Dodgers World Series Ring Walter O'Malley The Official Website

The Early Years
Entering The...
The Dodger Saga
A New Era Begins
Ebbets Field Revisited
The Memorable...
Searching for New...
L.A. Sends a Message
This is Next Year!
Putting Their Domes...
The Political Game
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Los Angeles Bound
Where to Play in L.A.
Curveball Right...
The Red Head is a...
1959: A Year of...
Home Sweet Home
Construction of...
L.A.'s Sparkling New...
1963: A Taxing Year...
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Growing the Game...
Moving to Chairman...
The Last Inning
The Biography of Walter O'Malley

At the 11th hour, financier-philanthropist Nelson Rockefeller made a last-ditch financial aid proposal to keep the Dodgers in Brooklyn, which apparently was more of a grandstanding move than one that drew any real interest from New York City officials or O’Malley. By that point in mid-September 1957, the script was almost complete for a move west. However, O’Malley would not make any commitments to Los Angeles until the Board of Estimate had heard Rockefeller’s plan.
Rockefeller originally planned to purchase for $1.5 million the property that the city would then condemn in downtown Brooklyn. Madigan and Hyland engineering firm had placed the cost of condemning the land at $8 million. Later, Rockefeller’s offer grew to $2 million. In effect, the $2 million would be a loan to the Dodgers with interest and the acquisition of 12 acres in order to build a stadium. Rockefeller called his offer “a realistic reflection of today’s real estate values” and “a basis for permanent improvements which would increase values in the entire area and add to the city’s tax revenues so as to offset a temporary loss to the city in the price of the land.”75
Rockefeller met at City Hall with Mayor Wagner and Goodfellow, president of the Long Island Rail Road, to discuss the proposed Atlantic and Flatbush site for the new stadium. Rockefeller commented that the Dodgers were willing to invest their own money for a stadium and that the city’s right to condemn the necessary land for slum clearance and re-sell it had been confirmed by Corporation Counsel Brown. In the meantime, a guarded O’Malley was weighing his attractive Los Angeles offer against the New York plan, which was not well-received by many. O’Malley stated, “If we are to stay, we must not only receive the site that is best suited for our purpose, but we must also be given terms that are most reasonable and fair.”76 City Controller Lawrence Gerosa, a longtime opponent of any stadium proposal, called it a “giveaway” of taxpayers’ money.77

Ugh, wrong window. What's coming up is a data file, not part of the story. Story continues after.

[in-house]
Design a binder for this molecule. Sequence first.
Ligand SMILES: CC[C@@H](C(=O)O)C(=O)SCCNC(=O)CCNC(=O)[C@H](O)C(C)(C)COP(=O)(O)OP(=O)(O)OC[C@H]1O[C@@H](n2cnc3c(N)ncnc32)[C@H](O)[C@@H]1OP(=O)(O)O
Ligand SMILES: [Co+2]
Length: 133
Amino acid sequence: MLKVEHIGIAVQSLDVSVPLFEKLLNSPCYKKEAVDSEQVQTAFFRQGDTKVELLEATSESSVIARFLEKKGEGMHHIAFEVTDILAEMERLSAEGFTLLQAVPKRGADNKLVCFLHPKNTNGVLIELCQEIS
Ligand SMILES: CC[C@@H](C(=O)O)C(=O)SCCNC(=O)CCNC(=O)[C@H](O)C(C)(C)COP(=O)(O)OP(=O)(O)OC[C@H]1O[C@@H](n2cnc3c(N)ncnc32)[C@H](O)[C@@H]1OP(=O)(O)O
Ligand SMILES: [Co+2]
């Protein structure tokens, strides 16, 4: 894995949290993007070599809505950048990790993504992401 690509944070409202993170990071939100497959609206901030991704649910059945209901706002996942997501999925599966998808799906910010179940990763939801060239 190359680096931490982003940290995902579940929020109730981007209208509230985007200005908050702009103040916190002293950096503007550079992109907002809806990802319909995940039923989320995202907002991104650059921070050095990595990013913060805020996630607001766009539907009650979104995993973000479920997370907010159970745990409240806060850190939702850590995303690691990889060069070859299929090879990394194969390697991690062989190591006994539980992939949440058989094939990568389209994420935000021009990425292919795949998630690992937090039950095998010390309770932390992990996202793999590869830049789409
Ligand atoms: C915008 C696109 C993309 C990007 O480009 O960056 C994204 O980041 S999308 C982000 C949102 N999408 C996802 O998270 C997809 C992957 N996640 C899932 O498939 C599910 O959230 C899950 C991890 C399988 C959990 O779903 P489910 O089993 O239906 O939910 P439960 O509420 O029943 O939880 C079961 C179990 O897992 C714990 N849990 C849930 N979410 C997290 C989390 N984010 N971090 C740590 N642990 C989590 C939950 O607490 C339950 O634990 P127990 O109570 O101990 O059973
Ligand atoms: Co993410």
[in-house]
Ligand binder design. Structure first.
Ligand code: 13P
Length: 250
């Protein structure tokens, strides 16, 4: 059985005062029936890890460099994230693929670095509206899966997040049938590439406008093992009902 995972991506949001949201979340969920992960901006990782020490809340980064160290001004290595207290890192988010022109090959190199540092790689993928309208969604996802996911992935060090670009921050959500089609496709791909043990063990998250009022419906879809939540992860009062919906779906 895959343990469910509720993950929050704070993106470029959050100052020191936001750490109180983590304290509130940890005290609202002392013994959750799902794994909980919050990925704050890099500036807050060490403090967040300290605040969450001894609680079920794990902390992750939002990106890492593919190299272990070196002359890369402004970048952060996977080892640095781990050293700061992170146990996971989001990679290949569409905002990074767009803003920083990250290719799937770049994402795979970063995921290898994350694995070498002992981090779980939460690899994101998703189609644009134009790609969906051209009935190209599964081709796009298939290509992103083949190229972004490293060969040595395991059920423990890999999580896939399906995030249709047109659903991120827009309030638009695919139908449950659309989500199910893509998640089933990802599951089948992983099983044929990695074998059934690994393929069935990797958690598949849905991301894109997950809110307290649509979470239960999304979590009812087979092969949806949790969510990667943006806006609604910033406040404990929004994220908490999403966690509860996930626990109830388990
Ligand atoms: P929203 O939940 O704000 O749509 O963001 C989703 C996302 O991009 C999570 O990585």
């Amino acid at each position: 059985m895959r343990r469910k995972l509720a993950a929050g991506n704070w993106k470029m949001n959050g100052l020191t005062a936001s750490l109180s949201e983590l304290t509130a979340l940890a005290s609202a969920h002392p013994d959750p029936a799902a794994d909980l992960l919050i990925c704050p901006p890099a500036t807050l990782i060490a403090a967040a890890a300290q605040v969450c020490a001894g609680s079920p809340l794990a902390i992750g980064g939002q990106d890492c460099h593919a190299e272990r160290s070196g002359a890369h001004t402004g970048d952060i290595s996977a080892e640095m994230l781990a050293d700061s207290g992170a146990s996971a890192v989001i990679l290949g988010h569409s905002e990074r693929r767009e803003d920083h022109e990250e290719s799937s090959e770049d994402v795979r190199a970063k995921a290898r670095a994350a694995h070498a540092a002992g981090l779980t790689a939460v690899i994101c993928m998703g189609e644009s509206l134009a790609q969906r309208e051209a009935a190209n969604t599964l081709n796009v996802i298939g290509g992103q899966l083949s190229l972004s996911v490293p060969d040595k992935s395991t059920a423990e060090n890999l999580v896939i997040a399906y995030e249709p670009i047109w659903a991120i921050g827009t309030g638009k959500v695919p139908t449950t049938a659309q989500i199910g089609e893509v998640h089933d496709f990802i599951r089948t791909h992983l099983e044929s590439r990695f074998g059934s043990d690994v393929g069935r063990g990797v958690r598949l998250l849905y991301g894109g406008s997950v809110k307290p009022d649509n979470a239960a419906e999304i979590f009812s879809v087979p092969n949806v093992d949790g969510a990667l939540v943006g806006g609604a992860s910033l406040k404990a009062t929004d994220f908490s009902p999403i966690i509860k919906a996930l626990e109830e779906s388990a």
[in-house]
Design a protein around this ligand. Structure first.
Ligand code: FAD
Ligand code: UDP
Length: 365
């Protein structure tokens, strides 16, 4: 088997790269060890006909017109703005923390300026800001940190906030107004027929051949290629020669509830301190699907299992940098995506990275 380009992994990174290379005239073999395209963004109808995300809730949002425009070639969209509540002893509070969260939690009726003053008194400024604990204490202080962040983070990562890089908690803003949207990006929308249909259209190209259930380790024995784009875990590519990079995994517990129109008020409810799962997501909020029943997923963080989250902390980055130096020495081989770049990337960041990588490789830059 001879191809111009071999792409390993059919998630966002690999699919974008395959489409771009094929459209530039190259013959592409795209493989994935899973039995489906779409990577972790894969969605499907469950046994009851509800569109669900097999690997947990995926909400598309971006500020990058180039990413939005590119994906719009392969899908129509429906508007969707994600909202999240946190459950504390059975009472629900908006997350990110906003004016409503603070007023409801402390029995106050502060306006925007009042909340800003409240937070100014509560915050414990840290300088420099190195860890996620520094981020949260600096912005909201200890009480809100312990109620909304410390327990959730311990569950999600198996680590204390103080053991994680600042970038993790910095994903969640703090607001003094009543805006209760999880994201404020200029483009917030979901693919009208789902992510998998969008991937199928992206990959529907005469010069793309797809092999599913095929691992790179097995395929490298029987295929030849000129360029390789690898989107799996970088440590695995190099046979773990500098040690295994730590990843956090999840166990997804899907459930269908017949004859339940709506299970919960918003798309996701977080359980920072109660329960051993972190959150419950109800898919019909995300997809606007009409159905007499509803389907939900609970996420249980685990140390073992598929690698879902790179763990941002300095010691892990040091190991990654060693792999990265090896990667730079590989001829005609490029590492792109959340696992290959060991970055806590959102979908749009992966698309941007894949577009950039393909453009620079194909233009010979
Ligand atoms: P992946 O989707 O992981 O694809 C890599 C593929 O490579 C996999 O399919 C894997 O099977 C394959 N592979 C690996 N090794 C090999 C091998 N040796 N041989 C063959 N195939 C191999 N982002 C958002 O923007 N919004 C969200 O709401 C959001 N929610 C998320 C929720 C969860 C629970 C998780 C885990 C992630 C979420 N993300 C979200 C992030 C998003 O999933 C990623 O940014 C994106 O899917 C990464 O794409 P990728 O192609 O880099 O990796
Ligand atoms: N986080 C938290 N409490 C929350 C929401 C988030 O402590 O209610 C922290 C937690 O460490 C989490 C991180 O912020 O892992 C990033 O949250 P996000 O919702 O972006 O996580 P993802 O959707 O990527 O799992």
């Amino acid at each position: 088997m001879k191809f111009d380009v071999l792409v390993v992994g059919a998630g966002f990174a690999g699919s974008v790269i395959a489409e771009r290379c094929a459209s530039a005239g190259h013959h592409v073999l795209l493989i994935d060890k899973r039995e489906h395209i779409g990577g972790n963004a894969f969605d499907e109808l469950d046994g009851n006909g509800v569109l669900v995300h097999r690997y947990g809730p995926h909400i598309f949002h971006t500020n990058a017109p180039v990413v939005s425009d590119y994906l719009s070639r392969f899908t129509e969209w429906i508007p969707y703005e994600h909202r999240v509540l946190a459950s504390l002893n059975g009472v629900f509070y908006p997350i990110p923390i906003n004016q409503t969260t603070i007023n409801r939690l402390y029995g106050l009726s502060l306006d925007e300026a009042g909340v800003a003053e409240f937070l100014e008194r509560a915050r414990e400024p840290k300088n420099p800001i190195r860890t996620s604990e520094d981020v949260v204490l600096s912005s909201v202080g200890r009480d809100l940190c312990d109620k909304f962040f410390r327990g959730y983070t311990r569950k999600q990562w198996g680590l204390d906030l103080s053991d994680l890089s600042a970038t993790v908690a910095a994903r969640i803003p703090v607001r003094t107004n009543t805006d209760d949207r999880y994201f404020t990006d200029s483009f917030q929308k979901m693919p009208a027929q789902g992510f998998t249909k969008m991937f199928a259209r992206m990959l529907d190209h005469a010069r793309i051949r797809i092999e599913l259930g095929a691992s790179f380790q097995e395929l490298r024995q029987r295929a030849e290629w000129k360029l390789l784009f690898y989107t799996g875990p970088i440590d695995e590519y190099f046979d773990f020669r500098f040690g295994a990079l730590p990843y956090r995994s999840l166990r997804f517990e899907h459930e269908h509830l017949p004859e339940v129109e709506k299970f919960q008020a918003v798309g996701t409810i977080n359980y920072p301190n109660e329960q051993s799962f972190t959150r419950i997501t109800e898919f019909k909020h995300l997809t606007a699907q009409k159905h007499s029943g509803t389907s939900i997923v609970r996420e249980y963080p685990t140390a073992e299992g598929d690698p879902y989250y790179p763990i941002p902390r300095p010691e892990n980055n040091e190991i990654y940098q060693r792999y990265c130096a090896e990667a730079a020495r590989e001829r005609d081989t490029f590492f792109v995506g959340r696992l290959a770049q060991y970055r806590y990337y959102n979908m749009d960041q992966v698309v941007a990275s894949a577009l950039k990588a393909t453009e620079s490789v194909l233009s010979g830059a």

Rockefeller then upped his bid to $3 million, but the Board of Estimate did not reach a decision during a three-and-a-half hour special meeting. Rockefeller would lease the land back to the Dodgers for 20 years. Then, if O’Malley did not purchase the land, it would be repurchased by the city at the price that Rockefeller had paid. An emergency board meeting had been held, after O’Malley, Mayor Wagner and Rockefeller met at Gracie Mansion, with O’Malley agreeing to delay any action in Los Angeles until the board could be consulted.78

75 New York Post, William H. Rudy, September 20, 1957
76 Long Island Press, Joe Reichler, September 11, 1957
77 New York Post, William H. Rudy, September 20, 1957
78 New York Daily News, Dominick Peluso and Harry Schlegel, September 19, 1957

(L-R) Walter O’Malley, Nelson Rockefeller and New York Mayor Robert Wagner in 11th hour discussions at Gracie Mansion in New York in September 1957.

AP/Wide World Photos

Walter O’Malley delayed the Dodgers’ decision until an emergency meeting of New York’s Board of Estimate was held in September 1957.

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